He was generally considered one of the top free agents on the market this offseason, joined by outfielder Yoenis Cespedes (who re-signed with the New York Mets) and closer Aroldis Chapman (who returned to the New York Yankees after several months with the Chicago Cubs).
Encarnacion was drafted by the Texas Rangers in the ninth round of the 2000 draft out of Manuela Toro High School in Caguas, Puerto Rico. He was acquired by the Cincinnati Reds in a 2001 trade and broke into the Majors as a third baseman in 2005. He spent parts of five seasons in Ohio, gradually struggling at the plate and failing to show the power that had developed over the course of his first few seasons in the Majors.
At the trade deadline in 2009, he was traded by the Reds to Toronto with Josh Roenicke and Zach Stewart for third baseman Scott Rolen.
The first year and a half in Toronto did not necessarily go as well as expected and in November of 2010, he was selected by Oakland off of waivers after the Blue Jays did not want to go to arbitration with him. In an interesting turn of events, he was released by the A’s less than three weeks later and, two weeks after hitting the open market, he re-signed with the Blue Jays for less than he would have made through the arbitration process. He spent the next six years with the club.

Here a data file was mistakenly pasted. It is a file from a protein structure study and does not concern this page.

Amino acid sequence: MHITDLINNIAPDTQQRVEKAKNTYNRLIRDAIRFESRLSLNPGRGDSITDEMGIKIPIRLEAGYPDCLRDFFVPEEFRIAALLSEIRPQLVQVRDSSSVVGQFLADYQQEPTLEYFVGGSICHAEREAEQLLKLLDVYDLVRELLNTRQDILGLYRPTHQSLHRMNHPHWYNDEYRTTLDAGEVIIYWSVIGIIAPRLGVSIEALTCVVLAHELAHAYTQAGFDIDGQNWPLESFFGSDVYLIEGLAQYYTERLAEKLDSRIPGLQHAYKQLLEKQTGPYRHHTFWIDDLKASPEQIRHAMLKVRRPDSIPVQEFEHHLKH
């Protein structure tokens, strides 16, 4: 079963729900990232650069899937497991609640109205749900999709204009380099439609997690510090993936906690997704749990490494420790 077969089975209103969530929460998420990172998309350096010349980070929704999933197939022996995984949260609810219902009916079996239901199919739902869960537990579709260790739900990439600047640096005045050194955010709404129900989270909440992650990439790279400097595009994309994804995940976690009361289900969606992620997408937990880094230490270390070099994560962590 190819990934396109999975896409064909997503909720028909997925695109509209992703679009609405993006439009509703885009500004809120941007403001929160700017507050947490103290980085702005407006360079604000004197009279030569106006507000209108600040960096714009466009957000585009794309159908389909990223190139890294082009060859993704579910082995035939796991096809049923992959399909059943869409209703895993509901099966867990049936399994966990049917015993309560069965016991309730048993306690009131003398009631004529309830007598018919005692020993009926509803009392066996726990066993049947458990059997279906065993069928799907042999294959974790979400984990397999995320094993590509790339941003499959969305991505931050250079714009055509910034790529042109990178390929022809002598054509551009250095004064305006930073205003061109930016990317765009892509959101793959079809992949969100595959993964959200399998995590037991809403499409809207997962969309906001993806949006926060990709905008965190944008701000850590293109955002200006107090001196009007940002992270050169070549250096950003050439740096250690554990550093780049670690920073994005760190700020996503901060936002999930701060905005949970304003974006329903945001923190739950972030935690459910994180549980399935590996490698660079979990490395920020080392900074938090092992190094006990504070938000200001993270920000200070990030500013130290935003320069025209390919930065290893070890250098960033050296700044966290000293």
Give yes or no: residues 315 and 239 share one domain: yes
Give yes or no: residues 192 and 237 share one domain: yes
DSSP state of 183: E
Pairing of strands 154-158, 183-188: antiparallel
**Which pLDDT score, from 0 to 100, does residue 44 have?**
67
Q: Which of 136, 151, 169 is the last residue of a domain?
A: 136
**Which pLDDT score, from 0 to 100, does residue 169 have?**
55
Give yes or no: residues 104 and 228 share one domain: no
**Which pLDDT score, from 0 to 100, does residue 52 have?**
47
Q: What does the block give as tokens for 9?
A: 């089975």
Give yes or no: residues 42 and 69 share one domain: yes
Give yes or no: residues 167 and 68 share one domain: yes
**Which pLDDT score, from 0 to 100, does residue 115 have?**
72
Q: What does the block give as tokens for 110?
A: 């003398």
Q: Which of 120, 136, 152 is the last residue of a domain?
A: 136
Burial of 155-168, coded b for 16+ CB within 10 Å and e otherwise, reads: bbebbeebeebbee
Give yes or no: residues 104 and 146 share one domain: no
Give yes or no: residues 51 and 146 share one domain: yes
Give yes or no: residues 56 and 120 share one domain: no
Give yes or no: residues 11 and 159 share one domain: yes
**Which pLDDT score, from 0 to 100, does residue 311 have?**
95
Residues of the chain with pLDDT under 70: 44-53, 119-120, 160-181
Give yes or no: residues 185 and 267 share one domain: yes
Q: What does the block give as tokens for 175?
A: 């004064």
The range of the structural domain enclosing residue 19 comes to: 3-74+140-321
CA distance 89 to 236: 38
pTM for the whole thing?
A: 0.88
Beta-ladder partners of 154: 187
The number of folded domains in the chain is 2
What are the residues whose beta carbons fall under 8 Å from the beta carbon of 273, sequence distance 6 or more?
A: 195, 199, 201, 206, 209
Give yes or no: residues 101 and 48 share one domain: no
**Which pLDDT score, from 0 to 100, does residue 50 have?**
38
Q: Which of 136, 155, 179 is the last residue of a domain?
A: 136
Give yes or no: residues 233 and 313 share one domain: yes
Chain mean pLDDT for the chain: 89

Encarnacion is expected to slot into the heart of the Indians batting order and will likely see the significant playing time at the designated hitter spot, allowing Carlos Santana to see more time in the field at first base. Last season, Encarnacion spent 75 games at first base, posting a .997 fielding percentage while making just two errors in 631 chances.
The Indians will have to create space on the 40-man roster when they formally announce the addition of Encarnacion. The club’s acquisition of right-handed reliever Nick Goody from the New York Yankees on Tuesday pushed the roster to capacity.